The interest accruing on the huge balance of Junior Red Cross Funds is not mentioned in the account books. The government-aided private colleges alone appear to be siphoning-off around Rs 6 lakh every year by concealing the interest income.

Also while the Red Cross funds are supposed to be sacrosanct - to be utilised only for humanitarian and relief purposes - there are hundreds of instances of loans being taken from the Junior Red Cross Fund for incurring the routine government expenditure flouting the rules with impunity. Notably, most of the offices booked the loan amount in the cash book as expenditure. In majority of the cases, no separate record of such loans has been maintained thereby making it impractical to ascertain the outstanding loan amount. No interest was paid in respect of any of these loans.

To hide their misdeeds, most of the district education officers have ill-maintained cash books even though their assistants are paid Rs 300 per month for the work related to the Junior Red Cross. The bills of expenditure were not available in most of the cases. Even the cash books of some of the districts were not available for all these years. Such facts clearly indict the district and state Red Cross branches of being grossly negligent in their supervisory role.

Such a poor maintenance of account books speaks volumes about the supervisory role played by the district education officers. In addition, there are significant differences in the amounts claimed by the district education officers to have been sent to the Punjab State Red Cross Branch as branch’s share and the ones claimed by the branch to have been received by it. Just a case in reference is that of Gurdaspur District Education Officer (Senior Secondary). The officer claims to have remitted Rs 18,21,221 from 1997 to 2009 but the amount claimed to have been received by the State Red Cross Branch from Gurdaspur stands at Rs 11,29,838 leaving a difference of Rs 6,91,383. Unfortunately, this is just one of the several instances. The total unaccounted amount related to remittances is Rs 19,31,373.

No checks and balances

Punjab State Red Cross Branch is the nodal office for all the Red Cross activities in Punjab and is hence duty bound to monitor and supervise the functioning of Junior Red Cross in the state. However, its only concern has been to receive its share of the collections. The branch officials have  never bothered to assess the efficiency of the Junior Red Cross Scheme thereby leaving the funds at the mercy of the district education officers and principals of schools and colleges.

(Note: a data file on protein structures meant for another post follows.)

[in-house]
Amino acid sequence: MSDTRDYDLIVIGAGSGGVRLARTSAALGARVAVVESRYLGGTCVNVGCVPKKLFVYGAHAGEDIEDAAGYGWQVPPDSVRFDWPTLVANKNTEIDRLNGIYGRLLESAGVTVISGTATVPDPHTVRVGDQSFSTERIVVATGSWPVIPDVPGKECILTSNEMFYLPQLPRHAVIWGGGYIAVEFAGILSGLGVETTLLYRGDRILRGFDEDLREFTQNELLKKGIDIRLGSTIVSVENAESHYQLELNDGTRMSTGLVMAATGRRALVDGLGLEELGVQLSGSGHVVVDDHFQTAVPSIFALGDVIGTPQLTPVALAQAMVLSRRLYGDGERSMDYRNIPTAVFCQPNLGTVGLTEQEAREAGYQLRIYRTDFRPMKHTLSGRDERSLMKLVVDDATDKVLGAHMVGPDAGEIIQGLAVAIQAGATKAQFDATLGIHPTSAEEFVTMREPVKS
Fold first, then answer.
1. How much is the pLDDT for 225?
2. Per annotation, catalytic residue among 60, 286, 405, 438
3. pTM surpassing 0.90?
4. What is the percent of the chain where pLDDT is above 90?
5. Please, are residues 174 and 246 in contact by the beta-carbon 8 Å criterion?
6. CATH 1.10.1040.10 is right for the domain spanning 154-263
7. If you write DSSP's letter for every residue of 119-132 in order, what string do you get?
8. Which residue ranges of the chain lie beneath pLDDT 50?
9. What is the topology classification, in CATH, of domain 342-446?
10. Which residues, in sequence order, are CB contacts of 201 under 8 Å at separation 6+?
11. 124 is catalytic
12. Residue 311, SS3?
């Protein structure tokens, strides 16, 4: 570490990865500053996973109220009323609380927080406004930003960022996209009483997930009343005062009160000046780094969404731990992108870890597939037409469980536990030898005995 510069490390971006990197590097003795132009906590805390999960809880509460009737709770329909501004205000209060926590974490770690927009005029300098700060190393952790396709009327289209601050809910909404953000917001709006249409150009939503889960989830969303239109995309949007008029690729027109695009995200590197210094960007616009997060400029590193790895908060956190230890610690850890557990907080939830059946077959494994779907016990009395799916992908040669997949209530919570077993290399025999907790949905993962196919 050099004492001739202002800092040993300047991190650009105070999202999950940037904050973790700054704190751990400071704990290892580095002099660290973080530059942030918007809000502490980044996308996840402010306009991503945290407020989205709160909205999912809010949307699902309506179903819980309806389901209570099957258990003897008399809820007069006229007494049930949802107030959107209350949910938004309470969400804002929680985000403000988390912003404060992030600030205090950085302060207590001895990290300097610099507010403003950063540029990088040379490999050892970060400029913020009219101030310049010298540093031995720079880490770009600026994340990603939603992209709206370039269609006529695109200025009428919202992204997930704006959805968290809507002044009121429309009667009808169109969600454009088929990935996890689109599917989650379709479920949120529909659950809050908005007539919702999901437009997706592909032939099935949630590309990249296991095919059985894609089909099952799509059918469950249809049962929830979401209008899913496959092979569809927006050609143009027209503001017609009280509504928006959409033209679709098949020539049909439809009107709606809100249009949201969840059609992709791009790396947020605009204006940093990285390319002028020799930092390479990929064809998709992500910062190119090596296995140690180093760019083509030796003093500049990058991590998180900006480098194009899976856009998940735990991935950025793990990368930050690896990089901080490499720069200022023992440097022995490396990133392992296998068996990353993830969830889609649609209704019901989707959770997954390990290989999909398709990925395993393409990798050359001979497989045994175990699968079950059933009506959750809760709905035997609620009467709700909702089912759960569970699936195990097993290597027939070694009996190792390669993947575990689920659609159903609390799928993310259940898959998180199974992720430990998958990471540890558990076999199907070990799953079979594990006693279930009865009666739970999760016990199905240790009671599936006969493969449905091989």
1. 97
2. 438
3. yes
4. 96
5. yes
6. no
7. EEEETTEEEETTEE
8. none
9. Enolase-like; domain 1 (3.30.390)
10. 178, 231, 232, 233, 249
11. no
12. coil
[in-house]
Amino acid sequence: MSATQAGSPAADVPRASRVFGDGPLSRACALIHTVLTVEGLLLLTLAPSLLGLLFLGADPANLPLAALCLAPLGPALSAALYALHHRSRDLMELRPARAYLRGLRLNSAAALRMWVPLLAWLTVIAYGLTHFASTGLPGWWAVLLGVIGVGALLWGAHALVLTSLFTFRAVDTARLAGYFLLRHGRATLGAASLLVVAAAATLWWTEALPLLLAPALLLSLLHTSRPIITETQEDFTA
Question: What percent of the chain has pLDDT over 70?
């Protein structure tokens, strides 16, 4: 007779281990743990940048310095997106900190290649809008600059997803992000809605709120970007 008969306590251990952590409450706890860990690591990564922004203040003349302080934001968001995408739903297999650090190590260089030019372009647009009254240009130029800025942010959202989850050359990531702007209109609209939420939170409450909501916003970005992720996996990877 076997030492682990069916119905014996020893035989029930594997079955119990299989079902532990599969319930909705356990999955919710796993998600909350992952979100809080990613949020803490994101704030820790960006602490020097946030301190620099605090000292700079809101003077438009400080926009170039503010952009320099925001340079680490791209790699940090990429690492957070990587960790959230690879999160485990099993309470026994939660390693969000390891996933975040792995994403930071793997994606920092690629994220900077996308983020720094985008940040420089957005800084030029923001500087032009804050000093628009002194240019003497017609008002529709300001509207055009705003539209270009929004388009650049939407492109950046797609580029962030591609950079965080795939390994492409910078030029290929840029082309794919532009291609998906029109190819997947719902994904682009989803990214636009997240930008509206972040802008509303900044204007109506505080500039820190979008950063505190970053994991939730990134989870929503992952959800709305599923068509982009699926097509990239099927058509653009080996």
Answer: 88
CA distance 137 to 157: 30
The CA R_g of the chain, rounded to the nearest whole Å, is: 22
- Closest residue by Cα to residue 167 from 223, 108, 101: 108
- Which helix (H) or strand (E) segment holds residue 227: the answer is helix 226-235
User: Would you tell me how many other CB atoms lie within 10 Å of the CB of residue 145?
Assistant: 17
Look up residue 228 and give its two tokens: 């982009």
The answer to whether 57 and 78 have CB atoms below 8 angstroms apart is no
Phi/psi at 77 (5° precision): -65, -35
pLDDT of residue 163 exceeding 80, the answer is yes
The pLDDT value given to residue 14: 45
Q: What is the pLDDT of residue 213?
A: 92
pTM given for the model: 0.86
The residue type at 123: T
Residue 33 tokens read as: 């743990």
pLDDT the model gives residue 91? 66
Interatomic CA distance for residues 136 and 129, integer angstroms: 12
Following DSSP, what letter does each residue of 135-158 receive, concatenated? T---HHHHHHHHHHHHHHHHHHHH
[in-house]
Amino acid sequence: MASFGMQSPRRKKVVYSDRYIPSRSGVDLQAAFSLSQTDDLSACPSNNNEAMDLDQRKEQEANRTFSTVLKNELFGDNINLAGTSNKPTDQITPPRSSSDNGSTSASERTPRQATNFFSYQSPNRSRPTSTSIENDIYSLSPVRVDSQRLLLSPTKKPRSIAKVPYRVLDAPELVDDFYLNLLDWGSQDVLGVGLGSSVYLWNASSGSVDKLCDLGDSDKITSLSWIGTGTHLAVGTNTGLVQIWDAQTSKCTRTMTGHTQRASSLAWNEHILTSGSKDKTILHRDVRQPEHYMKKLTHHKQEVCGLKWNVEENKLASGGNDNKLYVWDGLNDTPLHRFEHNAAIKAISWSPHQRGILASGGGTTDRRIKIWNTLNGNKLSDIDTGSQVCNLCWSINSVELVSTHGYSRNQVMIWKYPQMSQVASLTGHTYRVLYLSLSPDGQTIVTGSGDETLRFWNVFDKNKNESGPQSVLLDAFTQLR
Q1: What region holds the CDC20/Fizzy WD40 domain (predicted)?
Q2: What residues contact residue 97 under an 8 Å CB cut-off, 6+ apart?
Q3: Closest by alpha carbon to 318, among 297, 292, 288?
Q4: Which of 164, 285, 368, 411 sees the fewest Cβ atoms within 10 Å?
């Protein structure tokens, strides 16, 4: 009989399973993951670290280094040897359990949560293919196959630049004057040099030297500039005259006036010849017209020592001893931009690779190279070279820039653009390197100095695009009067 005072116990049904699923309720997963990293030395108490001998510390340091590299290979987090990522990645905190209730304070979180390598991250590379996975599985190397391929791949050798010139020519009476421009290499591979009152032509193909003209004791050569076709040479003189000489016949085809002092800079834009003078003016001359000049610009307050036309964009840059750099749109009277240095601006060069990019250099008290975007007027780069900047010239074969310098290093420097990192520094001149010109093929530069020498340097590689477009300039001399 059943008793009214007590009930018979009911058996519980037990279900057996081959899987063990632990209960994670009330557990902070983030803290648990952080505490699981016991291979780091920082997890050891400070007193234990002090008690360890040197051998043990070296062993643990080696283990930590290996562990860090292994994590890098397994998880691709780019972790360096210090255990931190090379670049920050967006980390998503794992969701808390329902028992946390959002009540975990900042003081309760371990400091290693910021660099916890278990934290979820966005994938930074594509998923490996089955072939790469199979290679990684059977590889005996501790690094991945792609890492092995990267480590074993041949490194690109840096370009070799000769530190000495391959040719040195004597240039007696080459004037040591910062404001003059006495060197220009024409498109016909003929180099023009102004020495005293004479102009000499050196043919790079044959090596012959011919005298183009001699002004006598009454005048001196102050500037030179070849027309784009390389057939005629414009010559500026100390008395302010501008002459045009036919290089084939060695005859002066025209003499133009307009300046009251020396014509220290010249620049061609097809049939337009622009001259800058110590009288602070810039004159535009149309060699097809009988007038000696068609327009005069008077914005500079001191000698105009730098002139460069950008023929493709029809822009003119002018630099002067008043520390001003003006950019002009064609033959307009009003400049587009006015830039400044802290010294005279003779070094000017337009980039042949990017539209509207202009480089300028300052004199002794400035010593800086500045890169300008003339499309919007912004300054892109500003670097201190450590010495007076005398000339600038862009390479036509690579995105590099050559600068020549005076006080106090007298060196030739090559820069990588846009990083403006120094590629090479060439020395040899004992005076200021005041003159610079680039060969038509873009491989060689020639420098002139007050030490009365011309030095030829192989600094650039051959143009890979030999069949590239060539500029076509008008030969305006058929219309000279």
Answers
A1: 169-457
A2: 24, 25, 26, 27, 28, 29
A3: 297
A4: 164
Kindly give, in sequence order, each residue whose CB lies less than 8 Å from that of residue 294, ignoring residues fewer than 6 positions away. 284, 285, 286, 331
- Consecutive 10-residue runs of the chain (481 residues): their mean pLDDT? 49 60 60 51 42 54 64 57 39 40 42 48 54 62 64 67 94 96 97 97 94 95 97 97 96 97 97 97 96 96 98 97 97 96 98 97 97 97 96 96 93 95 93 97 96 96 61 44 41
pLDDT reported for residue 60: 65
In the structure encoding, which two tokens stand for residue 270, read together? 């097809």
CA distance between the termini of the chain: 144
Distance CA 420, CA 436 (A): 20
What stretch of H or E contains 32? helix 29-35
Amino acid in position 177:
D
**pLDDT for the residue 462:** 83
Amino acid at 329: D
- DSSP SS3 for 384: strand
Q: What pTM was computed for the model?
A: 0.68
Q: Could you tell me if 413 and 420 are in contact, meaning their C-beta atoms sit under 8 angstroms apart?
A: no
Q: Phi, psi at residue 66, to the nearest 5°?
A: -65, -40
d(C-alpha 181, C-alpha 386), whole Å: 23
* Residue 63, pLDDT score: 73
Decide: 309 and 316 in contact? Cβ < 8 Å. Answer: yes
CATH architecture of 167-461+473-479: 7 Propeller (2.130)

The Indian Red Cross Society Rules for State/UT/District Branches call for regular auditing of accounts by a practising chartered accountant. The finance committees of these branches are meant to consider the report of the auditors and scrutinise the annual accounts. However, no such rule is being followed. According to the information provided by some of the district education officers and colleges, the government auditors did not point out any irregularities while others claimed that no audit of the Junior Red Cross Fund was ever conducted.

The whole investigation done by Resurgence India questions the utility of archaic set up called the Indian Red Cross Society in our times when self has become much more important than the society. The administrative support from the government may have been essential in 1920 when the country lacked any structured humanitarian organisation but to make the Red Cross in India match up to its international standing, the bureaucratic interference has to be done away with. There can be no two ways about it.